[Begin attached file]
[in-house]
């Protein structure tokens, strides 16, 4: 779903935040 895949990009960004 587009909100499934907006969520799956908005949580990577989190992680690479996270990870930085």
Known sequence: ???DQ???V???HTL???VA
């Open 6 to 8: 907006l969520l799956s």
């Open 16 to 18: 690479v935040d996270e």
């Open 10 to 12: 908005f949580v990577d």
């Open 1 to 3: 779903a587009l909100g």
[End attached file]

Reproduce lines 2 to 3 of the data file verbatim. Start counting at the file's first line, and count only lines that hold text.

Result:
């Protein structure tokens, strides 16, 4: 779903935040 895949990009960004 587009909100499934907006969520799956908005949580990577989190992680690479996270990870930085």
Known sequence: ???DQ???V???HTL???VA